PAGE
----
Originally posted on Fox Sports Houston  |  Last updated 7/5/12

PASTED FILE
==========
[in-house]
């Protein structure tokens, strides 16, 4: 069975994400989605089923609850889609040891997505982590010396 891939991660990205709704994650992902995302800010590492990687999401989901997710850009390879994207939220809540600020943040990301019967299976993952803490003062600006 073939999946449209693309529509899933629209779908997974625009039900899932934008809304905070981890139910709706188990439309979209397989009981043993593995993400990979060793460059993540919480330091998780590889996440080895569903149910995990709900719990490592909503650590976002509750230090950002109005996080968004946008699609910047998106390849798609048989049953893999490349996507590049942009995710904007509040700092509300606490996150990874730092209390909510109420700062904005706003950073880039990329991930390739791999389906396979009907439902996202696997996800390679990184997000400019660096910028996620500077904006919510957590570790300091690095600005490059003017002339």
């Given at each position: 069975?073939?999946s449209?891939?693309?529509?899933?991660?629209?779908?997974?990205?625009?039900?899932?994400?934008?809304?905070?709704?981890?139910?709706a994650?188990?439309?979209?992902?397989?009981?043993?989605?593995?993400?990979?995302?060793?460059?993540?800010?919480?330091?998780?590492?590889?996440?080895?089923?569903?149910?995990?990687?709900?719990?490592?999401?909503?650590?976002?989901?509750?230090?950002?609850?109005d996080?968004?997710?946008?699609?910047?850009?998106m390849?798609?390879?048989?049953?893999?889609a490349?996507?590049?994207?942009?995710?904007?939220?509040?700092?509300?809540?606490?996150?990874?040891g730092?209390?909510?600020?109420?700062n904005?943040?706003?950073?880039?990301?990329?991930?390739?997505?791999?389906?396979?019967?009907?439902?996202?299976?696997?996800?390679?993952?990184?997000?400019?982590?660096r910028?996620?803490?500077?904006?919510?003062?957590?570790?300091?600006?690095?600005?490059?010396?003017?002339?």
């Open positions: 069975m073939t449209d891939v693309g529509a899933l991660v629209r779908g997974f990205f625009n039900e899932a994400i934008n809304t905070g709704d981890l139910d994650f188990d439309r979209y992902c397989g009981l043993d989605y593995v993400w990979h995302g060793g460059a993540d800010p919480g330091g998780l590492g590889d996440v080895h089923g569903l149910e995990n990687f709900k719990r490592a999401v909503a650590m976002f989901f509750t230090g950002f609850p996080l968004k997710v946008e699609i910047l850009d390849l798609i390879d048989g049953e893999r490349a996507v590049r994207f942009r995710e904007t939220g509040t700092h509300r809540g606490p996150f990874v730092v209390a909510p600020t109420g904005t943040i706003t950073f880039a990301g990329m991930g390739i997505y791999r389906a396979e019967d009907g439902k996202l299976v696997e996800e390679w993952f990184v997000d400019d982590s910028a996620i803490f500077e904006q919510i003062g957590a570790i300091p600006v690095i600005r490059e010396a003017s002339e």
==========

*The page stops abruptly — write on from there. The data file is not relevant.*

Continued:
Lee Deal Not Exactly What Astros Wanted The Astros and Carlos Lee have finally parted ways. After trying to work out a trade with the Los Angeles Dodgers that fell apart due in large part to Lee's disinterest in taking a big tax hit in leaving Texas for California the Astros found a new partner in the Miami Marlins. For Lee, Miami was reportedly not on his non-trade list. It may have been for the same reason the Dodgers were on it--the tax matter. Make no mistake about it, Carlos Lee is a businessman. He knows those things and doesn't have to totally rely on agents and advisors. When his big baseball salary ends after this season there will be no financial hardship for the Lee family. Extensive cattle ranching spreads in Texas and Panama assure his future. He has been investing his baseball wealth, not squandering it. The deal for the Astros had to be made. Since Carlos had declined the trade to Los Angeles the club faced a return to Minute Maid Park on Friday and hardly a welcome for Lee from a significant segment of fans. Few of those fans really know Lee. All they know is that he isn't as good as he once was and his paycheck is obscenely too great for his current skill level. Let me tell you though. Carlos is not a bad man. He is not a malcontent. He has always gotten along with his team mates and has served as a mentor for some of the younger players. He is simply past his prime. In his prime he was an outstanding complimentary star. He was never the number one star, but always right behind. And he was good for over 100 RBIs and at least 25 home runs every year. Now the power is gone. The batting average is still good, but not quite what it was. Defensively as a first baseman he is considerably better than he was as a left fielder. The Astros are in a period of change. They may not have a first sacker that produces as well as Carlos was doing even this year. But they have to find out. In return for Lee Houston received a minor league pitcher and a third baseman named Matt Dominguez. Dominguez comes right to the Astros from AAA New Orleans Thursday. A highly ranked prospect in the Marlins system he has fallen off a bit the last two seasons. How much of that can be traced to his future with the Marlins being cut off when they acquired shortstop Jose Reyes and moved Hanley Ramirez to third base is easy to speculate. Now he gets a fresh start. Defensively he is rated very strong. The man he may wind up competing for the job with the Astros, Chris Johnson, has not shown a good glove this season. Johnson has played some first base and it is conceivable, but not suggested yet by the Astros, that he may be on that side of the infield for a few games before the All Star break while Dominguez is given a look. It is still expected that Brett Wallace will be back with the club at some point, perhaps after the break. If there is a down-side to the Lee trade it is that it reportedly did not save much money. That was what the Astros had hoped to do. All indications are that Houston is still paying the bulk of the approximately nine million dollars left on his contract. Yet, at the same time, by moving Lee now the Astros can accelerate their evaluations of more players on the major league level. They know the fans are impatient. They know that many of them don't see enough improvement yet. In many cases the front office probably agrees. Carlos Lee won't be the only player to be likely dealt before the end of the month. So hold on.
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